Dionne Warwick talks about Twitter, her activism and more ahead of Detroit concert

Melody Baetens
The Detroit News

With one of the longest, most successful singing careers of anyone touring today, Dionne Warwick will grace Detroit with her presence this week. 

The Grammy Lifetime Achievement Award recipient is one of the most charted vocalists in history and is known for many songs including "Walk On By," "I Say a Little Prayer" and 1962's "Don't Make Me Over," which is also the title of a new CNN+ documentary about her career.

Singer Dionne Warwick will perform at the Music Hall Center for the Performing Arts on July 15.

Warwick, who is Whitney Houston's first cousin, has also recorded songs from several film soundtracks and has duetted with everyone from Johnny Mathis to Chance the Rapper. 

In the past few years as she remerges to the stage after the pandemic break, she's made news for her no-nonsense, but funny demeanor on Twitter, and was introduced to a new generation with a recurring impersonation by comedian Ego Nwodim on "Saturday Night Live." 

We caught up with the 81-year-old living legend for a conversation ahead of Friday's performance at Music Hall Center for the Performing Arts, for which there are only a few tickets remaining. 

Q: What can fans expect at your concert in Detroit Friday?

A: It's what they expect to hear from me, of course. I have to sing those songs, which I love singing. They're just going to get Dionne. 

Q: There have been many social causes that you've supported throughout your career including AIDS research and LGBTQ rights, and earlier this month you appeared at an gun safety event called "Enough" in New York City with John Cameron Mitchell, Amanda Palmer, Macy Gray and others. Why is this cause important to you? 

A: I think it's necessary to think not only for me but for concerned people, about this gun issue. It's just gone completely bonkers and we have to do something about it. We can't just idly sit by and allow these people to walk through the streets and arbitrarily shoot anything and anybody that they want to. Some kind of law has got to be passed. 

I think everybody that was attending were very concerned about the issue itself and a lot of people that I did not know that performed, but were local talents in New York and a few country singers that are making headway within the country arena. Some wonderful talent there. 

Singer Dionne Warwick.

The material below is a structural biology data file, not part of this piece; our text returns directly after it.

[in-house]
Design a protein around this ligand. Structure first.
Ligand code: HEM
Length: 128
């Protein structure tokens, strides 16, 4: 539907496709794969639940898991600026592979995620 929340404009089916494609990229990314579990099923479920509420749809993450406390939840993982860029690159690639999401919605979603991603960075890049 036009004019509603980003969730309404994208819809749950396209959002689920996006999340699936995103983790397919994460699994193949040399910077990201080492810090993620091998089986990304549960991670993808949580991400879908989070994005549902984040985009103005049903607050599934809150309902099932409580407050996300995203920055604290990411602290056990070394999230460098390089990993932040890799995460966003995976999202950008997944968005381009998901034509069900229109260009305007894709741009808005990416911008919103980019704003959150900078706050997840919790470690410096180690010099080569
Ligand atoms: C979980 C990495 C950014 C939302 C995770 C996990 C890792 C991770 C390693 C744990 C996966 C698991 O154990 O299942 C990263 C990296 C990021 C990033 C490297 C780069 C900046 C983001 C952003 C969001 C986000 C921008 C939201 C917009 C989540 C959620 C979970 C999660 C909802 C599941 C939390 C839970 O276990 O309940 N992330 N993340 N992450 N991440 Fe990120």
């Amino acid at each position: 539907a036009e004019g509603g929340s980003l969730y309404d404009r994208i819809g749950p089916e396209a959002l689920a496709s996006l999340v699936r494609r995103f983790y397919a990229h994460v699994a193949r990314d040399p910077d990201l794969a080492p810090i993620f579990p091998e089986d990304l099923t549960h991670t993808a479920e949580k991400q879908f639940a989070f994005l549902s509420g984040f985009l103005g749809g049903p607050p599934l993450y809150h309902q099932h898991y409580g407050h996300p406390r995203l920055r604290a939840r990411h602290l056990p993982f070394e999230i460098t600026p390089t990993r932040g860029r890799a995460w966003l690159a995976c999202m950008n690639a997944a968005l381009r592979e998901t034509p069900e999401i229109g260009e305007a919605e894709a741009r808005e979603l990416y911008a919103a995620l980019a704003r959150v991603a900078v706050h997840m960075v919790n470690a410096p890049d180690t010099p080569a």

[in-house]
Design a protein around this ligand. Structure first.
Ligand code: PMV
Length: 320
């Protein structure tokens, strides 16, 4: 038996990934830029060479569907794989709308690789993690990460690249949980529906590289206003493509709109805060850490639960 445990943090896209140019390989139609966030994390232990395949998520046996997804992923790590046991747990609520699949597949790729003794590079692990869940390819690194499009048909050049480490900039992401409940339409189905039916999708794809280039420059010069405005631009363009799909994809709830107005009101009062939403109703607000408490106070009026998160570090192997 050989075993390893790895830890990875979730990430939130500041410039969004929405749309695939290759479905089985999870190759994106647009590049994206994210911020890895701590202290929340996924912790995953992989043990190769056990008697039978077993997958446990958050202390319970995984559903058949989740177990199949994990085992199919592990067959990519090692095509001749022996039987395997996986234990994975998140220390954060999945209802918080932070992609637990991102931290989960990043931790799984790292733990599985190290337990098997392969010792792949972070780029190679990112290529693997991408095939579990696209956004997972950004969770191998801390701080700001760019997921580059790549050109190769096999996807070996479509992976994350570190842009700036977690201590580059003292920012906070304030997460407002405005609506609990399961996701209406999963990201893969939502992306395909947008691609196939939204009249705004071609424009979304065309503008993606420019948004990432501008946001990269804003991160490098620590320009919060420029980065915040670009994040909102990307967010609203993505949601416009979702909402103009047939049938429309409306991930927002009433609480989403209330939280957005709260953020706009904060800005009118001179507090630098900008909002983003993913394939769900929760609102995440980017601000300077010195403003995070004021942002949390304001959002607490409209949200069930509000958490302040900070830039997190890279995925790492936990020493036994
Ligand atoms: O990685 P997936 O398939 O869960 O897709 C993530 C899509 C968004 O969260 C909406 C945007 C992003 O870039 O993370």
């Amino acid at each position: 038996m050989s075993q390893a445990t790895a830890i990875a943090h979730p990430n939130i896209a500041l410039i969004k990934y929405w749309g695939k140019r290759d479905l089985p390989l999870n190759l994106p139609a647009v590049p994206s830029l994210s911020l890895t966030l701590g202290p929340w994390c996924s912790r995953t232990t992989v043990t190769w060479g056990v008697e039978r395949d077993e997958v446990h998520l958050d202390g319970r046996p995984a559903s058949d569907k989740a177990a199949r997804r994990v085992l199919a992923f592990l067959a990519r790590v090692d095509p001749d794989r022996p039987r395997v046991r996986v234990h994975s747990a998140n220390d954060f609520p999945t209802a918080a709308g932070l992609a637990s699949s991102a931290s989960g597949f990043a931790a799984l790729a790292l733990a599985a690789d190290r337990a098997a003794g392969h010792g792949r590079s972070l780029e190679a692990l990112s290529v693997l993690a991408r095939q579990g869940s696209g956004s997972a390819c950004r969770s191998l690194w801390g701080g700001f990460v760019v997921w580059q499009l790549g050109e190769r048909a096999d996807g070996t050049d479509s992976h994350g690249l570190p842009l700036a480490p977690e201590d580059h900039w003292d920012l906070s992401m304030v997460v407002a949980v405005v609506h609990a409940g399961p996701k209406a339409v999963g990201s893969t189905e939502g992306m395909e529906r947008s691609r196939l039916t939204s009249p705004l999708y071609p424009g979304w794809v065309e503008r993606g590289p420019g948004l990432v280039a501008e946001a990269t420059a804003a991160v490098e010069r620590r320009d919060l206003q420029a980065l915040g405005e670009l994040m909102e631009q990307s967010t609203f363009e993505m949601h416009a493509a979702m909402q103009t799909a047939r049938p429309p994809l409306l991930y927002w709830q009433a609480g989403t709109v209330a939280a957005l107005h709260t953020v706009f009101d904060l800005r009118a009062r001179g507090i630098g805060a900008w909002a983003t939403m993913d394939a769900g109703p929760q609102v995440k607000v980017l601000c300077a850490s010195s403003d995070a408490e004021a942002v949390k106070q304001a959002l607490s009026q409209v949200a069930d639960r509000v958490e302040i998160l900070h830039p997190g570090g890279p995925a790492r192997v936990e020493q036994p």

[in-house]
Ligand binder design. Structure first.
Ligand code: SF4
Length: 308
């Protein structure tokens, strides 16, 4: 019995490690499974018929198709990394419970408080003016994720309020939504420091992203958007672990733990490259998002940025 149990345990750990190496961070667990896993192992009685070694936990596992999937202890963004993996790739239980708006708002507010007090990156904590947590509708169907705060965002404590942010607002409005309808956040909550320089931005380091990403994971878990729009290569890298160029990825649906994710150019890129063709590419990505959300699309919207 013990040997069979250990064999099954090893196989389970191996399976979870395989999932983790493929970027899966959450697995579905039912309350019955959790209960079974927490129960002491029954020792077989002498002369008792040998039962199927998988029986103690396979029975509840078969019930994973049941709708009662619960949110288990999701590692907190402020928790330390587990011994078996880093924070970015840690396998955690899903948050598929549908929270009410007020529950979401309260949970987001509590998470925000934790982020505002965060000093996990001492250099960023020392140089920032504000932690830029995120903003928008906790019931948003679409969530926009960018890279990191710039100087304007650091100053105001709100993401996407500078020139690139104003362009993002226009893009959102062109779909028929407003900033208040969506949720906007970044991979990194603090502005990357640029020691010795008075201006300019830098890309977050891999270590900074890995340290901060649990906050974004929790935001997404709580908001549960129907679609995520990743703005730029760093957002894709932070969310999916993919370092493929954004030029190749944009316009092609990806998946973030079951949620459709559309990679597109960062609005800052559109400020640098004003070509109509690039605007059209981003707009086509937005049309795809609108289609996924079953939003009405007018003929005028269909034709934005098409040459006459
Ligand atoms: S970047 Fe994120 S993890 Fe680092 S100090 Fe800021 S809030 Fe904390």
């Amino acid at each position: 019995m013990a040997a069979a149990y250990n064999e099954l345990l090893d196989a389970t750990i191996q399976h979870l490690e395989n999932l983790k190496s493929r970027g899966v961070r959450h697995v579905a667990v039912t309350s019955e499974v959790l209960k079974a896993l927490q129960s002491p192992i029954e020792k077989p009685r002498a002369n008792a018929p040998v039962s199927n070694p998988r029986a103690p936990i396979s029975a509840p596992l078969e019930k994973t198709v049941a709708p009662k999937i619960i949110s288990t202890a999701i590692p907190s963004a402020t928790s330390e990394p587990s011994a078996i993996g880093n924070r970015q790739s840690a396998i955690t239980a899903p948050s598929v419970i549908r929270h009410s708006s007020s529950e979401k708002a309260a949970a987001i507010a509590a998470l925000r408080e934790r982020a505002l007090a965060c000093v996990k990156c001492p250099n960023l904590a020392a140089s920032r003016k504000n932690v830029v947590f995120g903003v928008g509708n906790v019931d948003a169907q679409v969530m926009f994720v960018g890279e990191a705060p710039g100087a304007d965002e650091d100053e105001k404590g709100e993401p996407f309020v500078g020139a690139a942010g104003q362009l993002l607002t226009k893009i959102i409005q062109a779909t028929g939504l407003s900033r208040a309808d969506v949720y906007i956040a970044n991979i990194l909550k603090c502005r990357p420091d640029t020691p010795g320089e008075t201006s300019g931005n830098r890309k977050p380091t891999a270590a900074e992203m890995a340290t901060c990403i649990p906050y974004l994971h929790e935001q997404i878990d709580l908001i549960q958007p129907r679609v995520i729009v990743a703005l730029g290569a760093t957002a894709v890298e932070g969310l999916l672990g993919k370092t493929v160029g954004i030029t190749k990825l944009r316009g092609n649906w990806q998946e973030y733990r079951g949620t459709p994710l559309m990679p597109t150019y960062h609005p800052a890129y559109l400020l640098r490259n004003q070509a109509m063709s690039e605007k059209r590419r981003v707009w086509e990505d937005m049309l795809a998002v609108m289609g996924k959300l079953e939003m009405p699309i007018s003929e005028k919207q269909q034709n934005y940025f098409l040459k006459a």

Q: A new documentary about your life and career, "Dionne Warwick: Don't Make Me Over" on CNN+ has gotten rave reviews from audiences, critics and film festivals. How does it feel to have such a warm reception for this?

A: Incredible. You know, the fact that that many people want to know that much about me (laughs). It was well-received in all the festivals that we attended and it makes me feel good to know that people have continued to embrace me and my music. 

We did the festivals and the reception was absolutely incredible and after that success, it was a case of entities coming after me and asking me, we want the documentary, which is wonderful to hear and know. As a result of that, CNN won out the bids and here we are. 

Q: You know I'm going to ask you about Twitter, and I'm sure every journalist asks you about Twitter now. What have you learned from leaning into the platform as you have as of late, and what surprised you? 

A: People are amazing. I'm finding that thoughts are very interesting. Their responses to my tweets are very, very responsive, and fun.

I got to the point where I felt those that were on Twitter needed to smile a little more and so doing everything that I have posted, if you've noticed, at the end of it, there is some laughter or a smile. That's the way everything should end, is with a smile. 

It had gotten to the point where people were trashing people, I mean vividly. I said nah, nah, nah ... that's not what this media is for. It's to get to know people, get to understand people and to interface with them and to basically make friends. That works, too.

I'm enjoying what I'm doing. I think the presence of a true grownup on Twitter has kind of entered the avenue of 'oh' ... let's see what she has to really say. I let people know that I'm going to ask questions and I expect answers. They can ask questions and they'll get an answer. That's the way that I've kind of been able to sustain relationships that I've garnered over these couple years that I've been actively involved. 

Grammy winners Dionne Warwick, Stevie Wonder, Quincy Jones, Michael Jackson and Lionel Richie pose together backstage at the Grammy Awards show in Los Angeles, on February 26, 1986.

Q: You were recently impersonated on "Saturday Night Live" by Ego Nwodim, what did you think of her skit? 

A: I thought it was the most hysterical thing I've ever seen. It was a joy to know that she was having so much fun with it. They reached out to me and since they had created this entity they said 'would you do it' and I said 'of course,' why not?

Q: What are you most looking forward to your visit to Detroit?

Detroit has been so very good to me over many years that I've visited you and performed there. I'm just looking forward to a good time as we always have. 

Q: What's next for you either later this year or in 2023?

I'm going to be recording, of course. I'll be doing my concerts. I won't be running around like I had recently as much (laughs). I'm planning to kind of slow down a bit, because it's at that point in time, and just enjoying Dionne for a minute.

mbaetens@detroitnews.com

Twitter: @melodybaetens

Dionne Warwick

8 p.m. Friday

Music Hall Center for the Performing Arts

350 Madison, Detroit

(313) 887-8500 or musichall.org.

$50 and up